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VOL. 133 | NO. 57 | Tuesday, March 20, 2018

Council to Discuss City Pre-K Funding Proposal

By Bill Dries

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Memphis City Council members have their first discussion Tuesday, March 20, on Memphis Mayor Jim Strickland ’s proposal to provide $6 million in city funding to expand prekindergarten programs by 2020.

City Council member Kemp Conrad, left, council chairman Berlin Boyd and Memphis Mayor Jim Strickland in the Hall of Mayors prior to announcing a proposal Saturday, March 17, to provide city funding from two sources to expand prekindergarten programs. (Daily News/Bill Dries)

The proposal will be discussed at the 2:20 p.m. council executive session.

Strickland has been working with council chairman Berlin Boyd and council members Patrice Robinson and Kemp Conrad on the proposal. It would allocate the equivalent of a penny from the existing city property tax rate toward “universal needs-based prekindergarten” as well as property tax revenue that comes back on the city rolls after being abated through payments in lieu of taxes, or PILOTs.

The plan avoids a sales tax hike referendum or similar funding referendums that failed at the polls in two previous attempts to fund a prekindergarten expansion.

Strickland said the average duration of a PILOT is eight years. During that time, companies that make and investment in Memphis pay a lower amount of city property taxes then pay the full amount when the PILOT expires. Funds going to pre-K fund would be the difference between the lower and full tax rate payments.

The city’s $6 million from both sources is part of an estimated $16 million needed to fully fund prekindergarten in Memphis for 8,500 children starting when a federal grant that currently funds 1,000 of the existing 7,000 pre-K seats runs out in 2019. The city funding would also add 1,000 seats in 2020.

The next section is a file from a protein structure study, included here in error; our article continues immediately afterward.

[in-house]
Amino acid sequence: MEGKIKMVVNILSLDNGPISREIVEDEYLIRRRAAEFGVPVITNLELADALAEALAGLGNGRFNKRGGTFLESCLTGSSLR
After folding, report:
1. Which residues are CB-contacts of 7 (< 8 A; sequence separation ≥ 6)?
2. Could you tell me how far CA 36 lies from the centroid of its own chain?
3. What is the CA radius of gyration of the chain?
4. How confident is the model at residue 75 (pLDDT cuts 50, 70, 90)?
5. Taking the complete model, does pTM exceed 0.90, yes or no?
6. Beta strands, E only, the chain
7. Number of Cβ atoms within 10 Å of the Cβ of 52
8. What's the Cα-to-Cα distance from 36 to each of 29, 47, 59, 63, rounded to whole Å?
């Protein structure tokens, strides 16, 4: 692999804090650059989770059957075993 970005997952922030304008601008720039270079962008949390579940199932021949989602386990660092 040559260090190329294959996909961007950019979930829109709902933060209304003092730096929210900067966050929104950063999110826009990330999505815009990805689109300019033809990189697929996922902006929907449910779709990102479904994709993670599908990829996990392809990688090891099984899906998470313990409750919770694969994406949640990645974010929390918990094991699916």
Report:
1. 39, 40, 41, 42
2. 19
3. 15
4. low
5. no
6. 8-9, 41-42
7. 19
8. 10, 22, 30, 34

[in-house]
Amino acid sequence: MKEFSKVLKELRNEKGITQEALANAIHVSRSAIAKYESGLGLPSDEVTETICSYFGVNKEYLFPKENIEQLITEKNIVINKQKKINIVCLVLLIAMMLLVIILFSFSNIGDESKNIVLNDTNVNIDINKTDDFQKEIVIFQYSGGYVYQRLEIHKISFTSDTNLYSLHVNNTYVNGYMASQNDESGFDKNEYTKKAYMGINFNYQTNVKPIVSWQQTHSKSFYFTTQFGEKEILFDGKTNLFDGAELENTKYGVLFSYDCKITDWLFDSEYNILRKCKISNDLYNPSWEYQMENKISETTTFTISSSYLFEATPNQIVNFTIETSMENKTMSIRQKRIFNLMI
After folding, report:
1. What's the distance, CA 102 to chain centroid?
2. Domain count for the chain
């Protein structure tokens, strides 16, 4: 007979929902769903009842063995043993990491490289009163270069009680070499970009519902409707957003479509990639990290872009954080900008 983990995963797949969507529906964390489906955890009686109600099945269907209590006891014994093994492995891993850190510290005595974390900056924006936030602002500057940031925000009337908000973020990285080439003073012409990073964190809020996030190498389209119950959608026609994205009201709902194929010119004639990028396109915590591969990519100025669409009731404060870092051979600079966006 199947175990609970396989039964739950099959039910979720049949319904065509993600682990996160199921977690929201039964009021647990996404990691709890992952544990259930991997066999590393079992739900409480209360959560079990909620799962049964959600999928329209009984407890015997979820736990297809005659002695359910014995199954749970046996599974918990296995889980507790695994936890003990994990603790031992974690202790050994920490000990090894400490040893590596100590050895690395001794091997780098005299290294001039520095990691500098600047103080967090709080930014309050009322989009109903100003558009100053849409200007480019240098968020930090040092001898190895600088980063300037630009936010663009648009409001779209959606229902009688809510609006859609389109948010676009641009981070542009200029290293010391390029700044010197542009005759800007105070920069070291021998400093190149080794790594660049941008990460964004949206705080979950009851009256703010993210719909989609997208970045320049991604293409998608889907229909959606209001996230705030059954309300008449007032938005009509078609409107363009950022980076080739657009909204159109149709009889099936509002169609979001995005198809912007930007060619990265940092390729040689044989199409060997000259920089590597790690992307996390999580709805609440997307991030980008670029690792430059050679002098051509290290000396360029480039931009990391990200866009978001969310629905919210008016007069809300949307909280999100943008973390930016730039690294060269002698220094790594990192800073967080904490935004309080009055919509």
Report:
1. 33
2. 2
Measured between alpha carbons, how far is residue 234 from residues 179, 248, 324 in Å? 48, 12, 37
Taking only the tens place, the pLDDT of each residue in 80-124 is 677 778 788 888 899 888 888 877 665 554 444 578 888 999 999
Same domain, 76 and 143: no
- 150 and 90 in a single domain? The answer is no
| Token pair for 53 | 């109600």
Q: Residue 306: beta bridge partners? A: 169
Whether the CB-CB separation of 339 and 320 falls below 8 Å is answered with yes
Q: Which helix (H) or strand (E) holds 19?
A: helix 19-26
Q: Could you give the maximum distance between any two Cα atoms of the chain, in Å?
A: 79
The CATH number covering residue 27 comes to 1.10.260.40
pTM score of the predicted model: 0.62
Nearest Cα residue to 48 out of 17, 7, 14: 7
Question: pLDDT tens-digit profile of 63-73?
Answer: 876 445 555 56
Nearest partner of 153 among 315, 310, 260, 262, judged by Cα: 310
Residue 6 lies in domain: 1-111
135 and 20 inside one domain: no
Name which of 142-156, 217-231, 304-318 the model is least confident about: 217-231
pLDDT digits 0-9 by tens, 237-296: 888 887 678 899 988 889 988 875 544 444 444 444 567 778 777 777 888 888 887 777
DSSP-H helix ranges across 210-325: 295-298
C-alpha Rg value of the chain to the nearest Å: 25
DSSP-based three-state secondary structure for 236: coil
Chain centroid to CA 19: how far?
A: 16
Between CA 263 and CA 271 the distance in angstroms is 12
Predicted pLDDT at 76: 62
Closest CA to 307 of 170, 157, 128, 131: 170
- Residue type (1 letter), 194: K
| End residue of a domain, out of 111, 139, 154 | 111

Strickland’s proposal will be in the form of an ordinance that requires passage on three readings. The ordinance is not currently on the council’s agenda for a first reading vote Tuesday, but could be added at Tuesday’s executive session.

The council meets at 3:30 p.m. at City Hall, 125 N. Main. Follow the meeting @tdnpols, www.twitter.com/tdnpols , for live coverage and updates from committee sessions earlier in the council day.

Also on the agenda Tuesday is a vote on the first of three readings for two ordinances that would de-annex part of Eads that is within the city of Memphis and an unoccupied section of river-bottom land in southwest Memphis.

Also at the executive session, the council will consider adding another sanitation worker to the list of those from the 1968 strike who are receiving a $70,000 one-time grant from the city.

The resolution adds $89,600 – $70,000 for the additional grant and another $19,600 for federal taxes.

The council also considers the sale of the vehicle service center and sign shop facilities to ALSAC, the fundraising arm of St. Jude Children’s Research Hospital, for its appraised value of $3.3 million.

The seven parcels are at 671 St. Jude Place, 425 and 435 N. Manassas. They are all in an area where Danny Thomas Boulevard passes over Interstate 40, with Manassas as the eastern border and North Parkway as the northern border.

That 12:45 p.m. committee discussion will include an update on repair work on the city’s north wastewater treatment plant that shut down for several days this month with untreated sewage being diverted into the Mississippi River until repairs are completed.

At a 1:20 p.m. committee session, council members will continue discussions they began earlier this month with Shelby County commissioners about workforce strategies.

Leadership at the federally funded Workforce Investment Network and Greater Memphis Alliance for a Competitive Workforce are each in flux. WIN is seeking a new director and GMACW has been folded into EDGE – the Economic Development Growth Engine – an economic development organization whose reach and role is being reviewed by the council and commission along with the Greater Memphis Chamber.

PROPERTY SALES 51 223 1,152
MORTGAGES 55 189 861
BUILDING PERMITS 149 541 2,593